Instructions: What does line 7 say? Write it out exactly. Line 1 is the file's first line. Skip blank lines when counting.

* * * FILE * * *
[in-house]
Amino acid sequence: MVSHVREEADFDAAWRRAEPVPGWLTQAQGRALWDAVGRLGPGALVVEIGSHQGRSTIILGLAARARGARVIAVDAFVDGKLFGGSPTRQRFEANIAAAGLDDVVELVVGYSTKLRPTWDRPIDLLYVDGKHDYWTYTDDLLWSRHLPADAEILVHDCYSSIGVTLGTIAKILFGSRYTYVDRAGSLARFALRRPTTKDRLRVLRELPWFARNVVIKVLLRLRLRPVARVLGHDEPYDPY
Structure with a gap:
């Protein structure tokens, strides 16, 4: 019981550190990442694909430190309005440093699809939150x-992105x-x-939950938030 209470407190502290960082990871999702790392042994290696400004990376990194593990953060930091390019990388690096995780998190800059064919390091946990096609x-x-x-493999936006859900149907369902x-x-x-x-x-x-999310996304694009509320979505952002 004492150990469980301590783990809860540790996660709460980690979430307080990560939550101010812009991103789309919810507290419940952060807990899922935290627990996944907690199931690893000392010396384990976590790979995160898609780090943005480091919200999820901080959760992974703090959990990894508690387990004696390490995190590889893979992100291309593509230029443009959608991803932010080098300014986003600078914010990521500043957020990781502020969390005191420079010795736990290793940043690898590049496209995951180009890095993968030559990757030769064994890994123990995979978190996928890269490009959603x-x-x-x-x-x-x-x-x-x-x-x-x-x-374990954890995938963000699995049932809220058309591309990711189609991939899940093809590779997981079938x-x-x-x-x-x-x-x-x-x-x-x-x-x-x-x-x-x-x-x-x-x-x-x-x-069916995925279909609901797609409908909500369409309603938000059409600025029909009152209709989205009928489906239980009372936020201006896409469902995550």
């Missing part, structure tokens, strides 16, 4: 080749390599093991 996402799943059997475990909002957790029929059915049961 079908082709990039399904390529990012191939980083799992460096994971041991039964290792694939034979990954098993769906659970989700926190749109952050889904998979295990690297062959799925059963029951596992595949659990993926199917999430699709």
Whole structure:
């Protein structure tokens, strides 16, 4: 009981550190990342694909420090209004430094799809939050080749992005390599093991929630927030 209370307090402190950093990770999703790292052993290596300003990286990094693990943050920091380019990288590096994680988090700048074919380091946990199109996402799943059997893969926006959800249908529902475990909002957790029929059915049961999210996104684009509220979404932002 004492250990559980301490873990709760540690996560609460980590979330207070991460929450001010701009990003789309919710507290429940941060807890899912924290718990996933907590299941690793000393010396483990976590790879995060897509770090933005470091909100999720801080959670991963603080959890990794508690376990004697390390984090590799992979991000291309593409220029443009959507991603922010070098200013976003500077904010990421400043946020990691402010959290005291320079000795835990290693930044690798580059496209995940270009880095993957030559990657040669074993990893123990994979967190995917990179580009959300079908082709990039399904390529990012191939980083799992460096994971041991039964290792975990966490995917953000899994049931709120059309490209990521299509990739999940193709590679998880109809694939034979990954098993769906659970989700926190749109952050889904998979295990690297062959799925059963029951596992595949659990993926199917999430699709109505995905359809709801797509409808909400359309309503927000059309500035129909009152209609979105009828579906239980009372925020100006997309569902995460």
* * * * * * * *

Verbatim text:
């Protein structure tokens, strides 16, 4: 009981550190990342694909420090209004430094799809939050080749992005390599093991929630927030 209370307090402190950093990770999703790292052993290596300003990286990094693990943050920091380019990288590096994680988090700048074919380091946990199109996402799943059997893969926006959800249908529902475990909002957790029929059915049961999210996104684009509220979404932002 004492250990559980301490873990709760540690996560609460980590979330207070991460929450001010701009990003789309919710507290429940941060807890899912924290718990996933907590299941690793000393010396483990976590790879995060897509770090933005470091909100999720801080959670991963603080959890990794508690376990004697390390984090590799992979991000291309593409220029443009959507991603922010070098200013976003500077904010990421400043946020990691402010959290005291320079000795835990290693930044690798580059496209995940270009880095993957030559990657040669074993990893123990994979967190995917990179580009959300079908082709990039399904390529990012191939980083799992460096994971041991039964290792975990966490995917953000899994049931709120059309490209990521299509990739999940193709590679998880109809694939034979990954098993769906659970989700926190749109952050889904998979295990690297062959799925059963029951596992595949659990993926199917999430699709109505995905359809709801797509409808909400359309309503927000059309500035129909009152209609979105009828579906239980009372925020100006997309569902995460």